Review by Douglas Stockdale ·
Just like with marriage, our kids do not arrive with user’s manual. It also seems, from my own experience, that the older our children become, the more out of (our) control that they seem to evolve. Which in turn, can be crazy making for both the parents as well as the children, especially if one is really concerned about the future welfare and development of their children.
In a sense, our own parents and grandparents in the past were the ‘user manual’ for the new parents and their children. The previous generation may not always be perfect regarding the advice being handed down, potential with some ‘interesting’ ideas but these could still help provide a discussion about the family’s current events. Thus, with each move we make with our young families, the more unmoored we have become, in which telephones, texts and social media may not be the most effective or timely as family situations unfold.
Shortly after Troy Colby’s photobook The Fragility of Fatherhood arrived, a European gallerist remarked to me about what she thought was American photographer’s penchant for photographing their children. She speculated that as a European there is more of a need for a hidden private life versus the Americans who seem to move so often, thus needing to define who their family is. Her comments resonated with Colby’s body of work; who is his family, what is occurring as the toddlers have now grown to young adults, what course has he and his wife set their growing family on, what does it mean to a father and what exactly is fatherhood? Questions that Colby does not seem to try to directly answer.
Colby’s photographs are all rendered in black and white, a classic photo-documentary style that is both graphic and more abstract (compared to color). His family portraits are tightly framed with minimal amount of environmental context; each of the portraits reveal someone in thought and Colby has avoided the ‘smiley’ faces. The combination of pensive gazes revealed in a series of low key black and white photographs creates a darker undertone to his narrative. There are some joyful appearing moments that children seem to create on their own volition, but these are interspersed with a lot of other moments when the entire family appears to be laying down, napping or resting, again, creating a sense of malaise. Something seems out of sorts, as there is a general lack of energy.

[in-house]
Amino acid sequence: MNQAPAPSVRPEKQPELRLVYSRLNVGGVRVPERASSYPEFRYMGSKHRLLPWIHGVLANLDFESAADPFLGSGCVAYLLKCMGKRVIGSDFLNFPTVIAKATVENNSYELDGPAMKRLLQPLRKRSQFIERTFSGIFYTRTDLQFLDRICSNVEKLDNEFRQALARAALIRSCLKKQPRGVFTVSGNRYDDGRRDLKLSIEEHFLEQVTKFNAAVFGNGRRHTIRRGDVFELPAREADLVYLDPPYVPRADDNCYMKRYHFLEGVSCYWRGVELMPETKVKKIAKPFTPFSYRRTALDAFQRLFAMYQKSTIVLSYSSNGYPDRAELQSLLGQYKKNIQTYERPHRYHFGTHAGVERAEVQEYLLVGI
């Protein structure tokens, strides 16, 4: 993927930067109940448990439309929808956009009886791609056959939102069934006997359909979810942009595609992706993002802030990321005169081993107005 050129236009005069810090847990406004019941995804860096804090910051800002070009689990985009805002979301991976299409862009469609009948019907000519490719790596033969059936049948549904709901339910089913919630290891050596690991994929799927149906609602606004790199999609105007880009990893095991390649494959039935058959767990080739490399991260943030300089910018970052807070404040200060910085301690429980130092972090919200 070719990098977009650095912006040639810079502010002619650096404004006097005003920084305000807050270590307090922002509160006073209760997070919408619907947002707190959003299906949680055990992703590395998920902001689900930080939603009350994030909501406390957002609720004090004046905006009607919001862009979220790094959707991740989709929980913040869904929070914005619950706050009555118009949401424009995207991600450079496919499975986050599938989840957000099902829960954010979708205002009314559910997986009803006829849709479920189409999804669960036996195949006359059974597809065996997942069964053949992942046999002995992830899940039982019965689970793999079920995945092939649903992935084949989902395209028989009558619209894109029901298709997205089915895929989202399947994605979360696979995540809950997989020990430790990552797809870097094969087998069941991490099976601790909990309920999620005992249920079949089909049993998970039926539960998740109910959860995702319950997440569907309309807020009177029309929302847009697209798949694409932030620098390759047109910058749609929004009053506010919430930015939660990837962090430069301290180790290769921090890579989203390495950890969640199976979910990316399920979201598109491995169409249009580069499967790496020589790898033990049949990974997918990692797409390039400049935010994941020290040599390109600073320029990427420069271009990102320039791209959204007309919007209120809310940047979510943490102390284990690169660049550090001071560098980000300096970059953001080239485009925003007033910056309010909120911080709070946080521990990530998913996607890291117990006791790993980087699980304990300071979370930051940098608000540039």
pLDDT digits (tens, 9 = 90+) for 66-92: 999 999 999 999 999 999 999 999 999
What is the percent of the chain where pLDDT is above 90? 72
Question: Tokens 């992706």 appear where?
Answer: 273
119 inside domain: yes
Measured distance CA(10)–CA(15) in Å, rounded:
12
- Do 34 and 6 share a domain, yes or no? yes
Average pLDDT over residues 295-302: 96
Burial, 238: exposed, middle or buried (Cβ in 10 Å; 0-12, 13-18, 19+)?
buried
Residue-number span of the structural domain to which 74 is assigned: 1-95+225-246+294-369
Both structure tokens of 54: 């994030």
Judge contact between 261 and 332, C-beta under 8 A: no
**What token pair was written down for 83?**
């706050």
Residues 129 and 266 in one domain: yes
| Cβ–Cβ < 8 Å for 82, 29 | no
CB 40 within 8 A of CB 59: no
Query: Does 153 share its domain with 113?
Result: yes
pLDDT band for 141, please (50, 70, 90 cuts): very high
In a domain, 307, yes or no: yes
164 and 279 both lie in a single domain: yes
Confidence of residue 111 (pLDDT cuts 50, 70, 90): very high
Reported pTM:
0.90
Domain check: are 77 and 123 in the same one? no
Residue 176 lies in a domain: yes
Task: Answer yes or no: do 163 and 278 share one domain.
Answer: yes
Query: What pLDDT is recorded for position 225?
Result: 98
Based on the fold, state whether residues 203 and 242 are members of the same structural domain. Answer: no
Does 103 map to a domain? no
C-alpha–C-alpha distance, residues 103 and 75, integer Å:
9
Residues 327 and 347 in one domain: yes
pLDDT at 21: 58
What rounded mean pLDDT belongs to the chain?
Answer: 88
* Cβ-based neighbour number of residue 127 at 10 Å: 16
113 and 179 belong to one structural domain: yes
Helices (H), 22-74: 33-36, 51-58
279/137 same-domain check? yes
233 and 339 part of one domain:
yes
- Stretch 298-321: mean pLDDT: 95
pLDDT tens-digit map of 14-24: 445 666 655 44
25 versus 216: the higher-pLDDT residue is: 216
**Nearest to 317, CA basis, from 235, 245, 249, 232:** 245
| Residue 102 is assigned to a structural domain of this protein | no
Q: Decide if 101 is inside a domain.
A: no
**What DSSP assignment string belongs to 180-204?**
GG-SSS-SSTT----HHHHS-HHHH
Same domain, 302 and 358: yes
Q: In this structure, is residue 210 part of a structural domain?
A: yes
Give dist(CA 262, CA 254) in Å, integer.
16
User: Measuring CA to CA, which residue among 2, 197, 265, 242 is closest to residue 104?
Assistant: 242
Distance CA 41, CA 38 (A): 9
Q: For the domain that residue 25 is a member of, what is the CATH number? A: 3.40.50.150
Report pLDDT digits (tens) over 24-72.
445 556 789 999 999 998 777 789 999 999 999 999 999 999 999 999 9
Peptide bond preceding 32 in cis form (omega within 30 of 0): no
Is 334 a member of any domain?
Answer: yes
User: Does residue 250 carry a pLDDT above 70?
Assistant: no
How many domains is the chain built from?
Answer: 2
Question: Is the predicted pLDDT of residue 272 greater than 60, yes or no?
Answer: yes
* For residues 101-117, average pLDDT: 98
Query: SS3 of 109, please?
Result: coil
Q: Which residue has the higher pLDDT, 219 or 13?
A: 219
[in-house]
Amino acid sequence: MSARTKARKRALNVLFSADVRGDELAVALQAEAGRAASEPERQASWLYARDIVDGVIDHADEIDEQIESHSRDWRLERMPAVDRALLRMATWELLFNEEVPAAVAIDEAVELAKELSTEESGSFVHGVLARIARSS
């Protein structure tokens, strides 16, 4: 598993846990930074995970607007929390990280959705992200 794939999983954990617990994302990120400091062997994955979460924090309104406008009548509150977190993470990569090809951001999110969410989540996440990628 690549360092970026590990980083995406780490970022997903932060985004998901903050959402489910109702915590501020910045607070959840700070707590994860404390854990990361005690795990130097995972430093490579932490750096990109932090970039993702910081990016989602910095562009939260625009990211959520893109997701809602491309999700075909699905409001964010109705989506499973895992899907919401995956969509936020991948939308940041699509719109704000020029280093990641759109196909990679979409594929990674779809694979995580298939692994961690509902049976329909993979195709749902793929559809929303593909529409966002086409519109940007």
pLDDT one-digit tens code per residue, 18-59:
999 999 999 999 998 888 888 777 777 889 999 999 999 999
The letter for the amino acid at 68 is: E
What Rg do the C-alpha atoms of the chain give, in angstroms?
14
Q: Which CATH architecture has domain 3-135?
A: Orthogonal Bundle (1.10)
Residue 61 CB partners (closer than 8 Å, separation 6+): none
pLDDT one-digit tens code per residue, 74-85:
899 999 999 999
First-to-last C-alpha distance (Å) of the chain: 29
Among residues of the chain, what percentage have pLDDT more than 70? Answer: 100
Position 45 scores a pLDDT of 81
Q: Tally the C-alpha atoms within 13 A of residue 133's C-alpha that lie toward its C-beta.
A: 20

The tight perfect binding of this photobook seems to resonate with Colby’s body of work; the book does stay open on its own and requires some effort to read and follow his narrative. As though we should not be interacting with his photographs at all and like the Europeans more of a need for a hidden private life.
Douglas Stockdale is a visual artist and Senior Editor / founder, PhotoBook Journal
The Fragility of Fatherhood, Troy Colby
Photographer: Troy Colby, born in Kansas and resides Topeka, Kansas
Publisher: Too Tired Press, Woodstock, Vermont, copyright 2022
Essay: Afterword by Troy Colby
Stiff covers, perfect bound, 80 pages 150 copies.
Articles and photographs published in the PhotoBook Journal may not be reproduced without the permission of the PhotoBook Journal staff and the photographer(s). All images, texts, and designs are copyright of the authors and publishers.
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